Bank Holiday. 8.00 am: The last-minute preparations: computer updates, final emails, bits and bobs packed, and so forth. 9.20 am: Mr Garrett and I packed his spacious hatchback at my home and drove to the National Library of Wales. 9.50 am: Y Drwm. Arrival:
The process of reassembling furniture, setting up stands, and connecting power and line cables took longer than I’d anticipated. I’d set aside two hours for the task. (That’s how long it’d taken me last time I was at Y Drwm.):
It took one hour longer, this time. Setting up is, for me, the most stressful, physically demanding, and mentally taxing phase of a project like this. Would the system work as it had in studio? Careful planning, rehearsal, mapping, and testing pay dividends. All systems were ‘go’! The Tardis was ready:
1.30 pm: After a quick lunch (a delicious parsnip and potato soup), I throttled up and began testing the system with a simple proposition: the click and scratches at the tail end of two identical copies of the first side of the ‘Revelation’ record. Each filter and effector in turn processed the source signal in order not only to test their own integrity but also to understand how they might illuminated the sound. Throughout the early afternoon, I held fairly lengthy conversations with visitors. As we talked, my present thoughts about this enterprise were clarified and my former convictions about adjacent projects, confirmed. I should convene a conference on the Bible and sound. (The thought struck me forcibly.) Perhaps this should be the topic of the next book also. (I’ll need to discuss this with Bloomsbury.) I’m already committed to writing a chapter on the topic in any case.
For this 24-hour endeavour, I would concentrate on The Revelation of St John the Divine (which occupies both sides of the final record in the Scourby Bible set):
In July 1964 (when the recording was made), Britain made at nuclear test in the Nevada Desert, the first high-definition images of the Moon were received from the Ranger 7 space probe and, in the USA, race riots were breaking out in Rochester, Philadelphia, and New York. Anticipations of apocalypse, signs from the heavens, and calamities on Earth: a vision that, in some ways, wasn’t so far removed either from John’s own or the situation that the world finds itself in at present.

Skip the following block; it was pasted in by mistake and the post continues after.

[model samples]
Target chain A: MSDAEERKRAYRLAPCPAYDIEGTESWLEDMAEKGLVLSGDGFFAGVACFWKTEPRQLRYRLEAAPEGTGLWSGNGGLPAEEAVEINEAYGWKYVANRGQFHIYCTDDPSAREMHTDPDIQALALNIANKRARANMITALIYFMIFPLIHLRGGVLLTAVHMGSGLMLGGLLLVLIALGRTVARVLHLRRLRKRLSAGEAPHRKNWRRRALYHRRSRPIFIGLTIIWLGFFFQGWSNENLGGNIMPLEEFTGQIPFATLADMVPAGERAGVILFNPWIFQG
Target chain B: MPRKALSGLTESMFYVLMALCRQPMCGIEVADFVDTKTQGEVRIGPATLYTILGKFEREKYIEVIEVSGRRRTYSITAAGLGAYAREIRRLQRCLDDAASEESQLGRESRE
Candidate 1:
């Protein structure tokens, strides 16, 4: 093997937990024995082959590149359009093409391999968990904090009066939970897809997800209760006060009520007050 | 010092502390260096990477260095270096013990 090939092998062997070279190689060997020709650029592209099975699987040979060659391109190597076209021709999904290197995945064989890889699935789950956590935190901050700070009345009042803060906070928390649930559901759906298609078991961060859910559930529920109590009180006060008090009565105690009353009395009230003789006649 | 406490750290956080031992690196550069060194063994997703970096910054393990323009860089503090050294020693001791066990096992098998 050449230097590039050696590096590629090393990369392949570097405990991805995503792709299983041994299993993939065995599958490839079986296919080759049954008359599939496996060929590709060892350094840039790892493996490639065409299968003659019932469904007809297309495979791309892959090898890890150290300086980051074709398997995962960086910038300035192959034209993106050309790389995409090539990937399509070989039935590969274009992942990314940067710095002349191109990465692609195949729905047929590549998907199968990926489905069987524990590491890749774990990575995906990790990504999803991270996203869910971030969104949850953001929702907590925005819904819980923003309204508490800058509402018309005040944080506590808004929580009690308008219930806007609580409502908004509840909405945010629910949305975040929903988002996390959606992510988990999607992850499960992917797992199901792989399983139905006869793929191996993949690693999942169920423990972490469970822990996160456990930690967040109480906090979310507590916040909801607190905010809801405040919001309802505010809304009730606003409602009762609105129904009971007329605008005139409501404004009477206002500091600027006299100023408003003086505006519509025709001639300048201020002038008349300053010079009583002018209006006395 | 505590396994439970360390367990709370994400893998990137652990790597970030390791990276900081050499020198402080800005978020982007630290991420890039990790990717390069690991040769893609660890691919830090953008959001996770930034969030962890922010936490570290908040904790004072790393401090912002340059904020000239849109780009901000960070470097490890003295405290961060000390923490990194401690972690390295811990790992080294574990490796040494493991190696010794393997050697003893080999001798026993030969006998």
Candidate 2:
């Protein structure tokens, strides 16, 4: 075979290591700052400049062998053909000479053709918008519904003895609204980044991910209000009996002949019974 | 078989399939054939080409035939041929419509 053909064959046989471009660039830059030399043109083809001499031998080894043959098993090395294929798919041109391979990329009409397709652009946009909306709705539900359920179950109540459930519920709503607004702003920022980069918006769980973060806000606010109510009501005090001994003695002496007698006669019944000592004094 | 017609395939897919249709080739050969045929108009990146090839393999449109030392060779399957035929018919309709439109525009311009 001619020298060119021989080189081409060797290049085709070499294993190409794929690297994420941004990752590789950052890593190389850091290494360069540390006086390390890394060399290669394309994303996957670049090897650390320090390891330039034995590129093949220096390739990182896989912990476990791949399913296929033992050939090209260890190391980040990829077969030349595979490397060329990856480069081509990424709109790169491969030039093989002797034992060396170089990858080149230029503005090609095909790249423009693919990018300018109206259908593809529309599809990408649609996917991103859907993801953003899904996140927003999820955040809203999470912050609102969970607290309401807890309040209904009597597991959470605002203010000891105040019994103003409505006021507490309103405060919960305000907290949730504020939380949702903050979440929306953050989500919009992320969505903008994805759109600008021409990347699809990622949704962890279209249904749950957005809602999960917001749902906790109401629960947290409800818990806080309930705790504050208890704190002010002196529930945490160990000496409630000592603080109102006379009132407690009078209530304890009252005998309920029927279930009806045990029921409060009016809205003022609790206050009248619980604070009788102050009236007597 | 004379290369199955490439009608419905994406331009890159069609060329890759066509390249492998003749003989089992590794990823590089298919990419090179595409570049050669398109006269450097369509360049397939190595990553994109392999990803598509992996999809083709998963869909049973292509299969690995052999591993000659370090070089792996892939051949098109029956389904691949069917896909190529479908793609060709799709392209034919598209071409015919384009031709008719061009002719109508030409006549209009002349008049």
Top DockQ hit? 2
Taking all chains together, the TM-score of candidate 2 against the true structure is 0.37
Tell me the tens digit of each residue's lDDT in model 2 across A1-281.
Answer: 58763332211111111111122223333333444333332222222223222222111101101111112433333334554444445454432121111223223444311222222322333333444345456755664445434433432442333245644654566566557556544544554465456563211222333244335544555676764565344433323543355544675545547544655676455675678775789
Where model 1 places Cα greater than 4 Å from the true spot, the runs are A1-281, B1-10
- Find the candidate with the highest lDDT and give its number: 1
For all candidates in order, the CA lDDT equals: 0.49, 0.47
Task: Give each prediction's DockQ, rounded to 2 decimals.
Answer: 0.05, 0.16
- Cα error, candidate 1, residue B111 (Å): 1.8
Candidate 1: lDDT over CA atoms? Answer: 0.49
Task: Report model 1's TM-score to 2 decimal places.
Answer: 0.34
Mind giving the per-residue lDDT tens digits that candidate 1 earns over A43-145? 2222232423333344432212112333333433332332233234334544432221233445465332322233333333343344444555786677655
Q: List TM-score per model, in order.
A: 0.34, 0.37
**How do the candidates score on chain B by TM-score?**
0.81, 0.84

I wasn’t not so concerned with recording my efforts on this occasion, as I had been on the last. Instead, my attention was upon developing new strategies and skills for aural manipulation that can be developed and refined with greater care in the studio, and achieving a firmer grasp of the conceptual parameters for this project. At times, the sheer size and complexity of the source material has felt overwhelming. But there’s no better place to be than out of one’s depth.
At 5.20 pm: Mrs H. delivered half a pizza and fruit for my dinner, and a flask of milk for my tea(s). By 5.45 pm, the public were gone. Only the evening’s security contingent remained:
I ate dinner, caught up on my thoughts, and settled in for the evening’s work. I returned to the tail end sections of the records and explored their rhythmic potential when treated through a delay effector. Some of the results sound like a minor landslide of small rocks.
8.10 pm: What I’m involved with is, today, called the ‘experimental Humanities’. My aim is to break into a historical artefact (and the objectness – the physicality of the source – is crucial to my investigation) with a view to better understanding it through manipulation, dismantling, and reconstruction. 9.15 pm: After an interval for photo documentation, I considered my next move. The day’s effort was beginning to take its toll. My feet ached. A sedentary interval for writing up was the order of the hour. It was dark now. I could hear sounds in the building as the heating was turned off: chinks and creaks. There were, too, distance voices and footsteps and, then … the long silence.
I’d been given access to the Education Area’s kitchenette, where I made tea, pot noodles, and porridge throughout the night and early morning:
I considered how many ways the records could be played: backwards, at higher speed, without rotation (manually), stopping and starting, and by dropping and skidding the needle. Always, I’m seeking to discern sounds within sounds, but with the minimum of technological intervention. To do that requires, paradoxically, a good deal of technology:
11.00 pm: The security guard popped in to check on me, and wondered why I needed to undertake my goal over twenty-fours. Hours. ‘Because something will happen between 1.00 am and 4.00 am which would not otherwise take place if my waking mind was fully in gear’. (Ha!)
12.00 am: I entered the most testing phase of the event.